Architecture on Screen – Second cinema series commissioned by the Norman Foster Foundation for Sala Equis.
September 23, 2019
On the occasion of the 16th annual Madrid Architecture Week, the Norman Foster Foundation presented Architecture on Screen, a cinema series commissioned by the foundation for Sala Equis.
From the rise of the mass-marketed automobile and the creation of the road movie genre, to the present-day vilification of the car, this year’s edition of Architecture on Screen considered the reasons why cars—more than any other appliance, device, or possession—have played a pivotal role in many contemporary art forms. At a time when the car as we know it is driving its way towards obsolescence, this cinema series explored a variety of film genres built upon this modern icon. From their roots in tales of epic journeys, road movies have become deeply associated with the bildungsroman, relaying stories of modern Don Quixotes on meandering, four-wheeled journeys. For decades, the car filled the common imaginary with iconic scenes, from Claudette Cobert’s hair flowing in the wind in Frank Capra’s It Happened One Night (1934) and the frantic driving of Kowalski in Vanishing Point (1971), to the final scene in Ridley Scott’s Thelma and Louise (1991). All of these scenes and more display how automobiles have been a silent witness of some of the twentieth century’s greatest quests. The changes brought about by the automobile—with the profound implications for individual transportation, accessibility, and industry in the twentieth century have been well documented, but the car impacted and continues to impact the design of cities and buildings. This serie aimed to pay homage to that great icon of the modern era, at a time when it’s being extracted from the urban landscape, and explored the possible futures beyond its influence.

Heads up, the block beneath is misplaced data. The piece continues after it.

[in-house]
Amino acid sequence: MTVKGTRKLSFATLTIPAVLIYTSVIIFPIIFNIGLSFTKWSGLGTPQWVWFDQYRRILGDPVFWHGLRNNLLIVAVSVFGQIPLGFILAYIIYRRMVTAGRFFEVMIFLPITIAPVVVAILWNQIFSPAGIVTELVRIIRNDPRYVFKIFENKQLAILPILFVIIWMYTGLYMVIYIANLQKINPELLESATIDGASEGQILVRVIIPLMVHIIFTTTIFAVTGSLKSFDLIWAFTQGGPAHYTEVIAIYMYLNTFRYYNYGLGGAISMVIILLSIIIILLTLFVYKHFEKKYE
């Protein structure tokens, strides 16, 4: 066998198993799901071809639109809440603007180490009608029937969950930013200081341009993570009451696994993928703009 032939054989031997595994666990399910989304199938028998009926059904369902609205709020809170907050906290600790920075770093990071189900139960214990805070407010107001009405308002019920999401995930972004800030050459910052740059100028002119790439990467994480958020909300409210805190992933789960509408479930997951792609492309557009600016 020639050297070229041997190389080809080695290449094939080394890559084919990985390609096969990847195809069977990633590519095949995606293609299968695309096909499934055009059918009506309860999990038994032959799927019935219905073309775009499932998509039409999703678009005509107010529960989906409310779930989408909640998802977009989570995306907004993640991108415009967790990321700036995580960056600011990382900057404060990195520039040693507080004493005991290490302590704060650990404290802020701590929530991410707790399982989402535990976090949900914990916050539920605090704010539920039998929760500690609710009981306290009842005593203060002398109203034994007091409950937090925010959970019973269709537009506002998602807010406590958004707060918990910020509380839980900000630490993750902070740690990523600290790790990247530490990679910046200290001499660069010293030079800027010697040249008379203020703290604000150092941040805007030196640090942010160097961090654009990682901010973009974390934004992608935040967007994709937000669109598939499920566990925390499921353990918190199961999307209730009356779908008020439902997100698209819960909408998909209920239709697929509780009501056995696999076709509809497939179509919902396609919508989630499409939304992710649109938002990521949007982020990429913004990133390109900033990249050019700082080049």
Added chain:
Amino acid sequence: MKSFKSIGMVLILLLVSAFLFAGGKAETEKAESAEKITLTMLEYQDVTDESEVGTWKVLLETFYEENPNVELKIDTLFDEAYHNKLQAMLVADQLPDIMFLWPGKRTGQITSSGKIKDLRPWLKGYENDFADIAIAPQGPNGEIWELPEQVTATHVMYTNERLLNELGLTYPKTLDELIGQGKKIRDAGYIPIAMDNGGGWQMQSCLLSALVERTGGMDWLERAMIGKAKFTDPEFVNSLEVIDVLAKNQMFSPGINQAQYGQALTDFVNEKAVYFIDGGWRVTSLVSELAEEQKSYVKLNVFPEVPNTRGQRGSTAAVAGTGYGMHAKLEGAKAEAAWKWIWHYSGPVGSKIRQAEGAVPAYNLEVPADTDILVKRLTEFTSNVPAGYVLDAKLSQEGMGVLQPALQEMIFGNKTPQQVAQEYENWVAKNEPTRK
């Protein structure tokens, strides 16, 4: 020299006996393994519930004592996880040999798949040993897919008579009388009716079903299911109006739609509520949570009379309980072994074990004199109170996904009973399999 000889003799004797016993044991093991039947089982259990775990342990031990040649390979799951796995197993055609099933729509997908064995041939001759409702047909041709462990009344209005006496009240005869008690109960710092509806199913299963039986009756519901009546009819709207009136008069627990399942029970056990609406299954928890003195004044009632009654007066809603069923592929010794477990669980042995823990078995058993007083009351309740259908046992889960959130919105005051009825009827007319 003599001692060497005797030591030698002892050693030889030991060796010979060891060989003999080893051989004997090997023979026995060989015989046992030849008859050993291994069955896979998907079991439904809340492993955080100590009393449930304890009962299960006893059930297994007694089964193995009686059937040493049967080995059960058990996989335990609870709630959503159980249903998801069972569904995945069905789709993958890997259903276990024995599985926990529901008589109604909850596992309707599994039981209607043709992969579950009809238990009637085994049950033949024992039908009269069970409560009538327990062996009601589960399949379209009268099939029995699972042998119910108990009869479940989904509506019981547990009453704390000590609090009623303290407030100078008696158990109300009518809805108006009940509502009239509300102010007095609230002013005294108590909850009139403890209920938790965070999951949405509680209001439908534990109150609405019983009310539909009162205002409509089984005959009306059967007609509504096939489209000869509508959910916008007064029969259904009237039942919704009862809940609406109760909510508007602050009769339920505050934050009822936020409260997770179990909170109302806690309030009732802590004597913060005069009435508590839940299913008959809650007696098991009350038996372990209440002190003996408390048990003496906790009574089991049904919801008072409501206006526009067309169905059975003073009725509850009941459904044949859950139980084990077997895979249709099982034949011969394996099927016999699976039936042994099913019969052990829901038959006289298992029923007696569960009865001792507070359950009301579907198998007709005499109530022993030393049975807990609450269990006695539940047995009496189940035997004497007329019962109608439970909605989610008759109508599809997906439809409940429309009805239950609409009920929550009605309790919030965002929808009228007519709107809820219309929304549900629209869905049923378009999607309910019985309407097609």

The series opened on 3 October at 8 p.m. with a conversation between Luis Miguel Ciprés, CEO of Barrabés.biz and promotor of the mobility platform Madrid in Motion, Eduardo Prieto, Professor of History of Architecture and Art at the Universidad Politécnica de Madrid, and Marisa Santamaría, Architecture and Design Researcher and Lecturer. This was followed by the screening of the documentary Reyner Banham Loves Los Angeles (1972), a film that takes the viewer on a tour through Los Angeles’ four ecologies, guided by architectural historian Reyner Banham. The trip includes iconic landmarks such as Watts Towers and the Lovell ‘Health’ House designed by Richard Neutra, as well as mini-malls, drive-thrus, and strip clubs.
To further celebrate the role of architecture in the city of Madrid, the Norman Foster Foundation opened its doors to the general public on October 4. This was part of the programmed visits and itineraries prepared by Madrid Architecture Week, which organised tours to more than fifty buildings of architectural and historical value.
Architecture on Screen 2019 – Programme
8 p.m.: Reyner Banham Loves Los Angeles
Reyner Banham, 1972, USA, 52 min.
4:30 p.m.: Back to the Future
Robert Zemeckis, 1985, USA, 116 min.
10 p.m.: Kings of the Road
Wim Wenders, 1976, West Germany, 175 min.
7:30 p.m.: Two-Lane Blacktop
Monte Hellman, 1971, USA, 103 min.
10 p.m.: Paris, Texas
Wim Wenders, 1984, France/USA, 147 min.
4:30 p.m.: Thelma & Louise
Ridley Scott, 1991, USA/France, 130 min.
For further information, please visit www.salaequis.es